But according to Bolton Landing resident Anne Green, “this town is ground zero for Japanese knotweed. Bolton has more dense beds per acre than any other town in the Adirondacks.”
Last year, Green began working with a program called the Regional Inlet Invasive Plant Program (RIIPP), which was started in Herkimer County in 2008, to combat Japanese Knotweed.
After addressing the Bolton Town Board about Japanese Knotweed at its August meeting, the board adopted a resolution to purchase two devices, known as stem injection guns, which are used to poison Knotweed with an environmentally safe herbicide.
Since those cannot be used by anyone but licensed applicators, they will not be available immediately, but according to Green, the Town Board’s action demonstrated that it takes the issue seriously and that it is willing to take steps to combat Japanese Knotweed.
The board’s action also allowed Green, who is Bolton coordinator for RIIP, to remind residents that they should not attempt to eradicate Japanese Knotweed without the advice of experts.
According to Green, Knotweed invades river and stream banks, affecting native plants, fish and wildlife. Dense infestations clog drainage ditches and obscure visibility along roadways. Unwanted populations are also nuisances to landowners. But if it is not treated properly, it will spread rather than disappear.
Public highway departments have played an unintentional role in the spread of Knotweed, Green said, explaining that mowing and disposing of the plant improperly after ditching cause the weed to spread to other locations.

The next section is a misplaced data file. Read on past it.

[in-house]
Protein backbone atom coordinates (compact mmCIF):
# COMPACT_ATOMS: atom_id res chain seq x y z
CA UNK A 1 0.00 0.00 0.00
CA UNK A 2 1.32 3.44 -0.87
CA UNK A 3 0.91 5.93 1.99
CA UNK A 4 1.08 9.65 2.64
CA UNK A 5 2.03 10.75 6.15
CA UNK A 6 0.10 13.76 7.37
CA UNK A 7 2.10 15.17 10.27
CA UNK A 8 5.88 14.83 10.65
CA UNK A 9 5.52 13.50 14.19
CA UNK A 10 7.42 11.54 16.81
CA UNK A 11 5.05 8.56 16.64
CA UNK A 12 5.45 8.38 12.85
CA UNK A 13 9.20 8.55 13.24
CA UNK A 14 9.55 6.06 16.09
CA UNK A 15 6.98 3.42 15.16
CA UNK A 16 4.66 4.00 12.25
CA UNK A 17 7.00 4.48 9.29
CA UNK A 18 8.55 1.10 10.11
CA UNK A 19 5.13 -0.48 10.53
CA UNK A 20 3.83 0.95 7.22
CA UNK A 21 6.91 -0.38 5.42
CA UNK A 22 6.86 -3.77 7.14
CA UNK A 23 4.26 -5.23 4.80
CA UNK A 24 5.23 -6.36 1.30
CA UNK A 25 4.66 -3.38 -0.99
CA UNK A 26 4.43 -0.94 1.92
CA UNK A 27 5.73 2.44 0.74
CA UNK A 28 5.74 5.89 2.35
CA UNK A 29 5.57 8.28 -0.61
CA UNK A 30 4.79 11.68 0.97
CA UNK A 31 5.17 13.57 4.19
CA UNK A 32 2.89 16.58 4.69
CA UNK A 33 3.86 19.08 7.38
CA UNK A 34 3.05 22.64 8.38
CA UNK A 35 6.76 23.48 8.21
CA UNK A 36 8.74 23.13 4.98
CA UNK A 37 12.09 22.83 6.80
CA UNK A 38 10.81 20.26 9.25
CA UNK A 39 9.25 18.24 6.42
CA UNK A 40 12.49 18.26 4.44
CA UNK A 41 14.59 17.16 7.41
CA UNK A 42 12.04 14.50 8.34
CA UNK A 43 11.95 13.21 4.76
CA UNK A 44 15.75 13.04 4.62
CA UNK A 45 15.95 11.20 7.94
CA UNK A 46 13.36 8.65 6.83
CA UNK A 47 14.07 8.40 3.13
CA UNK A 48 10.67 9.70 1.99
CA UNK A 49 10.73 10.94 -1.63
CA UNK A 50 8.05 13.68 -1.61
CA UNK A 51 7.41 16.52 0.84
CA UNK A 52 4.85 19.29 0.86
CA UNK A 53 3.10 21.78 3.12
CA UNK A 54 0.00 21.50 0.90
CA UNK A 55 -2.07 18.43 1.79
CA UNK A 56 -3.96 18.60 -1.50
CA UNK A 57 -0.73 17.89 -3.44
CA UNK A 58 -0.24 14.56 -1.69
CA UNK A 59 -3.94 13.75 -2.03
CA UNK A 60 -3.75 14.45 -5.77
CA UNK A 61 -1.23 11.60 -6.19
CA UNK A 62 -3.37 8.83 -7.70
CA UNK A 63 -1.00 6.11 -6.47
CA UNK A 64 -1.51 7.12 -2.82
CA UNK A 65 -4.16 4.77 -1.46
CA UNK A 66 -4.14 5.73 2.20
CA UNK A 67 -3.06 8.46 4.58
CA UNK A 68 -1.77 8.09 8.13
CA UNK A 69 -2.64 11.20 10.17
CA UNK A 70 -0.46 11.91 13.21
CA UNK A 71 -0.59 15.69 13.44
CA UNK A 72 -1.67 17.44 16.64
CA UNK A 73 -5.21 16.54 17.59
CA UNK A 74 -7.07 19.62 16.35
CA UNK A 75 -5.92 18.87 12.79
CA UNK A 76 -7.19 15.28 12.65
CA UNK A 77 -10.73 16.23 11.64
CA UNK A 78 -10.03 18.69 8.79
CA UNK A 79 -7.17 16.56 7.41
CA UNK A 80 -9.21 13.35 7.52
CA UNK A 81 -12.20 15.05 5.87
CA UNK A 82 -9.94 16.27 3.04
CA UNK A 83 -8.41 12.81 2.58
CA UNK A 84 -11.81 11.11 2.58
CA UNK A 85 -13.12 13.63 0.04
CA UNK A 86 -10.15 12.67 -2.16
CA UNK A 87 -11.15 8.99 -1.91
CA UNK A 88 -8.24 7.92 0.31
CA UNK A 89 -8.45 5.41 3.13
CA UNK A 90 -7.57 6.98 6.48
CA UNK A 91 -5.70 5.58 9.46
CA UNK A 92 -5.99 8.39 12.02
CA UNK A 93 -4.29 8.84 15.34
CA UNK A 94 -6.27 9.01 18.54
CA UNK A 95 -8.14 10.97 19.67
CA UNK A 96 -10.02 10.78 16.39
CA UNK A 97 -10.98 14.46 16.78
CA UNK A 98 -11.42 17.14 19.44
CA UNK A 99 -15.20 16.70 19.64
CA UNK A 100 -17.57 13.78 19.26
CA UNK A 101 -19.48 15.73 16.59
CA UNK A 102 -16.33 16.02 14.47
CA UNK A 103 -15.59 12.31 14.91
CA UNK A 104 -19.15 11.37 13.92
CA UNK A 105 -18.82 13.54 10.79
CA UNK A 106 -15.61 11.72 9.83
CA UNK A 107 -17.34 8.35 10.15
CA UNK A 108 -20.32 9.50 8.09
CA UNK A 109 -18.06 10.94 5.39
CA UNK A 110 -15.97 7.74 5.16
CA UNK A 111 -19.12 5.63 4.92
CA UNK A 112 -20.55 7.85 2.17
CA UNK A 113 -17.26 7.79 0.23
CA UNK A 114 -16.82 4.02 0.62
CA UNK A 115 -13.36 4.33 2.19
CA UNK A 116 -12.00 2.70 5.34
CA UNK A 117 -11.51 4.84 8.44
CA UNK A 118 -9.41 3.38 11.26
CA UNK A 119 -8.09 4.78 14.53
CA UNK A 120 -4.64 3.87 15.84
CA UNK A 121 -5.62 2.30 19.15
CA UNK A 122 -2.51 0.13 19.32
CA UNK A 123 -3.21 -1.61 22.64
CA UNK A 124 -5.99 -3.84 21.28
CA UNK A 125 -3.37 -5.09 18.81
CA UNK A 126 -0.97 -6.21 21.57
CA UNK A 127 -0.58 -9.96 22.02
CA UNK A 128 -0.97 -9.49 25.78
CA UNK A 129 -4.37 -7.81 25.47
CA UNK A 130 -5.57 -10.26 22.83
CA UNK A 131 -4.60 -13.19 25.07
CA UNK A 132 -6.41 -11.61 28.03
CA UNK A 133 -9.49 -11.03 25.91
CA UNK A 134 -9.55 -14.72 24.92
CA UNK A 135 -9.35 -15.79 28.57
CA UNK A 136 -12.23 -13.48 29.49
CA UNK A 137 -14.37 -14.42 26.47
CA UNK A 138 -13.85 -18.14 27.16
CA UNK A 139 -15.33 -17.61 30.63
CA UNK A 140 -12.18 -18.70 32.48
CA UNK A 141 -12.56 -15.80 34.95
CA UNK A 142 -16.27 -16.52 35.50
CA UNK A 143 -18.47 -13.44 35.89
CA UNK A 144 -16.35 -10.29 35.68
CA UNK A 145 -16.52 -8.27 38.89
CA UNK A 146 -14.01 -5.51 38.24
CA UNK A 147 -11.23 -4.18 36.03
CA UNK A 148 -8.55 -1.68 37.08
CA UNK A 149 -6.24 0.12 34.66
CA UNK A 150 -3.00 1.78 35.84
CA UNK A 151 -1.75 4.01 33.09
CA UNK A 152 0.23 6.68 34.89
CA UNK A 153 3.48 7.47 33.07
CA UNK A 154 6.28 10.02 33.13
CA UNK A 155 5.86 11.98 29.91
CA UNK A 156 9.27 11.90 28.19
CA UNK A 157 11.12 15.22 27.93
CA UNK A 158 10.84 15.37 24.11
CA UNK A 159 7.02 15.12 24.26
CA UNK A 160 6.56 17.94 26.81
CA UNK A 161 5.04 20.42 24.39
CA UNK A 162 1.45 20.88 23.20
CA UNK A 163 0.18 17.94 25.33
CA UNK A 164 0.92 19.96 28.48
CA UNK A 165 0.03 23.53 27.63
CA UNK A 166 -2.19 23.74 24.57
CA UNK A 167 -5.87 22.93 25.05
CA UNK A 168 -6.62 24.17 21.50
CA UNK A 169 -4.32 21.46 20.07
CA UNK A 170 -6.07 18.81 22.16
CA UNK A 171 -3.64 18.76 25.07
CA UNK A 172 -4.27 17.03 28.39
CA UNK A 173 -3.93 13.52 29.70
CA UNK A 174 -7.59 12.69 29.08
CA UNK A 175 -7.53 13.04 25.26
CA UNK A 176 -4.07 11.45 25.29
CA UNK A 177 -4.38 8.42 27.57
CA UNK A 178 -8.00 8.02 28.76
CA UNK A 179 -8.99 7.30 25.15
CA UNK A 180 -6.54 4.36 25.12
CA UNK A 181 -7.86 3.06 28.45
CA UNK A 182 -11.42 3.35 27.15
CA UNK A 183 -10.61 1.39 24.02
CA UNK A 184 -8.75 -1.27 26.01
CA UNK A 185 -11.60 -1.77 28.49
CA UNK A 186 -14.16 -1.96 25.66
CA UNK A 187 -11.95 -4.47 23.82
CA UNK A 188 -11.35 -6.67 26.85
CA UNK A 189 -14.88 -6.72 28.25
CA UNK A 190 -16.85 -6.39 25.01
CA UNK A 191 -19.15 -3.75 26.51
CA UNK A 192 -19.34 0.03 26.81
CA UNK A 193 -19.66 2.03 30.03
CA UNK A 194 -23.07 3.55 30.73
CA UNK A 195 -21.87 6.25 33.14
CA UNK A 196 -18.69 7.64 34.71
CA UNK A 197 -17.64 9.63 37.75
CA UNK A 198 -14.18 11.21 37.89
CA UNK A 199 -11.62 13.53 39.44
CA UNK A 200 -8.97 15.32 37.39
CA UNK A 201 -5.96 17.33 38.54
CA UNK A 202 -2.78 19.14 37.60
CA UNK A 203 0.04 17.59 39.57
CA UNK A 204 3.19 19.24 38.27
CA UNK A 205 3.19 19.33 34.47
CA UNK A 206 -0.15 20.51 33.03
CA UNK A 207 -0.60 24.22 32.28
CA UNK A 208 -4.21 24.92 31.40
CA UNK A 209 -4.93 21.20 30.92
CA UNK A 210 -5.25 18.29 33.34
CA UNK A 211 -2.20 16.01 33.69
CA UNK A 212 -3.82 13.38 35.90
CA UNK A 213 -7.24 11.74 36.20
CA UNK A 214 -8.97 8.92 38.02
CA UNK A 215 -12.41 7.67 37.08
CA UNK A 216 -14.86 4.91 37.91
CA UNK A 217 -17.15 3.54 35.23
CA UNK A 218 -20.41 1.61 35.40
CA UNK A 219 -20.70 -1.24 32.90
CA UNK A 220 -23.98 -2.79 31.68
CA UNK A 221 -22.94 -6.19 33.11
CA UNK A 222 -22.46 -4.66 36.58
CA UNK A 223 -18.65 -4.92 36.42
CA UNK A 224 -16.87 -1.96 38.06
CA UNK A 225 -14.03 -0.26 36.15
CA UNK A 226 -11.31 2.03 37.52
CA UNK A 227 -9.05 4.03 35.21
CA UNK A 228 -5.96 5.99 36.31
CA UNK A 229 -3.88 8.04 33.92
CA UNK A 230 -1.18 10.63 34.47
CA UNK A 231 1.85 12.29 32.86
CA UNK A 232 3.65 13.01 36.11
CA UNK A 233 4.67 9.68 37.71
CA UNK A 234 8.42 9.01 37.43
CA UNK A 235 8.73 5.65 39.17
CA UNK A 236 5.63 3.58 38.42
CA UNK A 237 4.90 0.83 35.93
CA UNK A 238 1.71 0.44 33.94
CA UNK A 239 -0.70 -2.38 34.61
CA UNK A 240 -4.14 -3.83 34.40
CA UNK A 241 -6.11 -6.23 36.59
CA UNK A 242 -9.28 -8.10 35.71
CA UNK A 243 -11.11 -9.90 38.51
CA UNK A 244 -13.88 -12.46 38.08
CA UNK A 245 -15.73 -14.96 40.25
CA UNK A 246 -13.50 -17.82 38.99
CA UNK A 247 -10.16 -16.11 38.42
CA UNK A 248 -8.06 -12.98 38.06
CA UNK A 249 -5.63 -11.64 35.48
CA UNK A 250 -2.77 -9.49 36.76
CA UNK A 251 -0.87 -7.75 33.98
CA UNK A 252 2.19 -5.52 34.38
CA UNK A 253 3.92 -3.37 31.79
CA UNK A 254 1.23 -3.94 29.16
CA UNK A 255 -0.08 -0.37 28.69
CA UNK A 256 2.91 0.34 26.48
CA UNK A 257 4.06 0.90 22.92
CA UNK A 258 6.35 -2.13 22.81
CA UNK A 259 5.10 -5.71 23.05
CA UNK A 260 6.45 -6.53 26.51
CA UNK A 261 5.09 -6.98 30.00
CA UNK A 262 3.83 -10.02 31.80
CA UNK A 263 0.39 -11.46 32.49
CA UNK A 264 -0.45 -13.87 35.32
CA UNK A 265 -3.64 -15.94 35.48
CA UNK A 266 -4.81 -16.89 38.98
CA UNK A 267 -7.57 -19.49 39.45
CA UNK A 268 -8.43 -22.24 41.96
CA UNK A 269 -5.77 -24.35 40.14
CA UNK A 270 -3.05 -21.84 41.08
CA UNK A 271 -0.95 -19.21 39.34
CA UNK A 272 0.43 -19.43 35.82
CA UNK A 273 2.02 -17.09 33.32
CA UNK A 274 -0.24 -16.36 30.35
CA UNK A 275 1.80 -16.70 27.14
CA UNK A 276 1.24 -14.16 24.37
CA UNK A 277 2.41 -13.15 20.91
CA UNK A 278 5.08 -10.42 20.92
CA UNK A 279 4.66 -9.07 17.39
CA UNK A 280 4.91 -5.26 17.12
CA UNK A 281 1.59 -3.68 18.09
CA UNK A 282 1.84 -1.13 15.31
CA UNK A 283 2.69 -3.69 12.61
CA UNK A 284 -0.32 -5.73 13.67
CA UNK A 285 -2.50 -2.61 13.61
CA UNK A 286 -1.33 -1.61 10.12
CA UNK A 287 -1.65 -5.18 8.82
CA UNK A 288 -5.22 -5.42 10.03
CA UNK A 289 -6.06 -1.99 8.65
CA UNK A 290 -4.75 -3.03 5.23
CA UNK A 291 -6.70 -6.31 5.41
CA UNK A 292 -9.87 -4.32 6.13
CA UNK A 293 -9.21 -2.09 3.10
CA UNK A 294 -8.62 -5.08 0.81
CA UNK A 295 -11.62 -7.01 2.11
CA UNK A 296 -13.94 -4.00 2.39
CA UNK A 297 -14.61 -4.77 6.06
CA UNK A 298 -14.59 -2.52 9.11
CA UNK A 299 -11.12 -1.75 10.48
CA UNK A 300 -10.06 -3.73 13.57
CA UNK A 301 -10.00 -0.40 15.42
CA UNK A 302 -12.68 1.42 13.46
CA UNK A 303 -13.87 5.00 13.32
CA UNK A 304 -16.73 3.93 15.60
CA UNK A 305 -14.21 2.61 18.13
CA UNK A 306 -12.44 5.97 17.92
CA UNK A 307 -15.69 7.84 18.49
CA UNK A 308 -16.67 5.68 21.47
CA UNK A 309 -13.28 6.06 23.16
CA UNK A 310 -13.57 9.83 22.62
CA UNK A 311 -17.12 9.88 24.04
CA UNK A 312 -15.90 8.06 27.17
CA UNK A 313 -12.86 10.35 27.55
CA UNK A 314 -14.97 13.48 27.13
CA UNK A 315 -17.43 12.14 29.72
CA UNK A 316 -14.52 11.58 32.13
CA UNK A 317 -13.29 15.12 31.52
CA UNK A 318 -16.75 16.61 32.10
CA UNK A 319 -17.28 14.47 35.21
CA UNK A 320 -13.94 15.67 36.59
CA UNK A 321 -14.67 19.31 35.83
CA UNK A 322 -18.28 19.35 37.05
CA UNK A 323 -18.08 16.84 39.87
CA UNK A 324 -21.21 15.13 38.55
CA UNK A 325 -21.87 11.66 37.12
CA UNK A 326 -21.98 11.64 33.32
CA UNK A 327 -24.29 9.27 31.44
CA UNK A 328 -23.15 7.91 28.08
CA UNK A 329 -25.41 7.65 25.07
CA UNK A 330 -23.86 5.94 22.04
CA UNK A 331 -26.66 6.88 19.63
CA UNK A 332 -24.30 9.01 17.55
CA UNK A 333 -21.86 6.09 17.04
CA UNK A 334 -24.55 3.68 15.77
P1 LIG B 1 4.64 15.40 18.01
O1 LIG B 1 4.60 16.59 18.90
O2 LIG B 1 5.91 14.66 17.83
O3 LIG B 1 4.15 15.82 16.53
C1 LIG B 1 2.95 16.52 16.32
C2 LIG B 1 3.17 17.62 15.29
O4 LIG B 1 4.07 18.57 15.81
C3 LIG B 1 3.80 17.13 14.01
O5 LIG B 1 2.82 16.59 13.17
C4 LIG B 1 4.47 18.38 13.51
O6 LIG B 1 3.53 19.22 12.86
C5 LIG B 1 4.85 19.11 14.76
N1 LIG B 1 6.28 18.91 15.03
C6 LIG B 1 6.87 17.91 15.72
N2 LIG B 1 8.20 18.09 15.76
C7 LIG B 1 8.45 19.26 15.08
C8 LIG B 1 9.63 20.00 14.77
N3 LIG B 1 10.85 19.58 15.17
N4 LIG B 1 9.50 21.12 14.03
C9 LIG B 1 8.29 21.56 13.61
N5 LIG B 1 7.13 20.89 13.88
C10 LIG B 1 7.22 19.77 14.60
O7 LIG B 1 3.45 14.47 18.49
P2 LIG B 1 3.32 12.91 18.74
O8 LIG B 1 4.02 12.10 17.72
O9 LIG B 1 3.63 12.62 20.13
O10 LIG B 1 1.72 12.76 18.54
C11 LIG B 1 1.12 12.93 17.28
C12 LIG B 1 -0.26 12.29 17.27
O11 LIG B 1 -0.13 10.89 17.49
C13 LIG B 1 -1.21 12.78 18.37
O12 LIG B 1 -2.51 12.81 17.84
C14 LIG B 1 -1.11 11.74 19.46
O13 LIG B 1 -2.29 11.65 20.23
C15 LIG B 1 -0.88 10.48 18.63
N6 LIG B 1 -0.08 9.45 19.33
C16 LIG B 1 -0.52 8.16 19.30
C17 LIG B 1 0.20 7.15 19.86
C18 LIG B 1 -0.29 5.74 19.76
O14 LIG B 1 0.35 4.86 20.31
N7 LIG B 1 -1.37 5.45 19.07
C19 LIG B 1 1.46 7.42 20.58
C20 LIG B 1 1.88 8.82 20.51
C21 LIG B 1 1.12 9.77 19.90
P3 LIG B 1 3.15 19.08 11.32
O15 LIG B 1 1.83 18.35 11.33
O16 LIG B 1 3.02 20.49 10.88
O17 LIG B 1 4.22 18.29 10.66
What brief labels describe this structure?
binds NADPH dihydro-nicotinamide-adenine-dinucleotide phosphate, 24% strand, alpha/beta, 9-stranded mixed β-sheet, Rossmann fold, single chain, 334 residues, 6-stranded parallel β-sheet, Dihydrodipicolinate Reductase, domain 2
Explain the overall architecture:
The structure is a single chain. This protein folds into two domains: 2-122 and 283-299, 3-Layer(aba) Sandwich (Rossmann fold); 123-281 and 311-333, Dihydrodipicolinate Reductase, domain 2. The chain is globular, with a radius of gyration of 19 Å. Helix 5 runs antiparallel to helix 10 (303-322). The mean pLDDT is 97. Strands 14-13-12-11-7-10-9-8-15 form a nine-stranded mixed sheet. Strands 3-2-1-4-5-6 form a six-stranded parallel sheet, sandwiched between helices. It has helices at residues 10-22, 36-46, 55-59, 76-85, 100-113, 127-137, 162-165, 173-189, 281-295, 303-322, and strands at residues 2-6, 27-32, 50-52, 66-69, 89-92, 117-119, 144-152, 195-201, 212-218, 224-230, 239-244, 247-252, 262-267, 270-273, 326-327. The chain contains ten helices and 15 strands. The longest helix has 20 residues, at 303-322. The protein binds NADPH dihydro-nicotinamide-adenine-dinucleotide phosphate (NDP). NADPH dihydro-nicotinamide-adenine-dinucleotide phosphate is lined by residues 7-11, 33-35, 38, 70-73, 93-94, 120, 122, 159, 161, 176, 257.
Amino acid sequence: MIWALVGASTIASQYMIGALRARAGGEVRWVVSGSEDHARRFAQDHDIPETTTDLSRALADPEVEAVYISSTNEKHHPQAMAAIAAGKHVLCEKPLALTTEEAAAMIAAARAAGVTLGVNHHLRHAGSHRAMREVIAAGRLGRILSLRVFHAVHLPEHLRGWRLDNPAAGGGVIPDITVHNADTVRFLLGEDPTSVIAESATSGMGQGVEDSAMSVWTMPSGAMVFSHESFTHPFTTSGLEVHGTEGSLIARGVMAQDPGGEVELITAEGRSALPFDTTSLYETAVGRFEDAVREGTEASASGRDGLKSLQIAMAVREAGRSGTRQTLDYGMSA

Green said she was pleased that both candidates for Bolton Highway Superintendent, Mat Coon and William Sherman, attended a “Japanese Knotweed Management Summit” at the Tannery Pond Community Center in North Creek in August.
The Summit featured presentations on the distribution of Japanese Knotweed and status of management efforts, planning considerations, control options, permitting, case studies from public and private lands, community-based control programs and prevention measures, among other things.
“Japanese knotweed is one of the most detrimental and difficult to control invasive plants in New York, and it is spreading throughout the Adirondack region. Now is the time to take coordinated prevention and management action,” Hilary Smith, director of the Adirondack Park Invasive Plant Program, said.
While the Town of Bolton has offered to assist the Herkimer County-based Regional Inlet Invasive Plant Program, that program has also volunteered to help Bolton.
The program donated forty hours of a licensed applicator’s time, as well as the labor of volunteers, to help treat Japanese Knotweed in Bolton.
Last weekend, work began along the banks of Finkle Brook, according to Green.
Those seeking more information about managing Japanese Knotweed on private and public property in Bolton should contact Anne Green at 796-6405.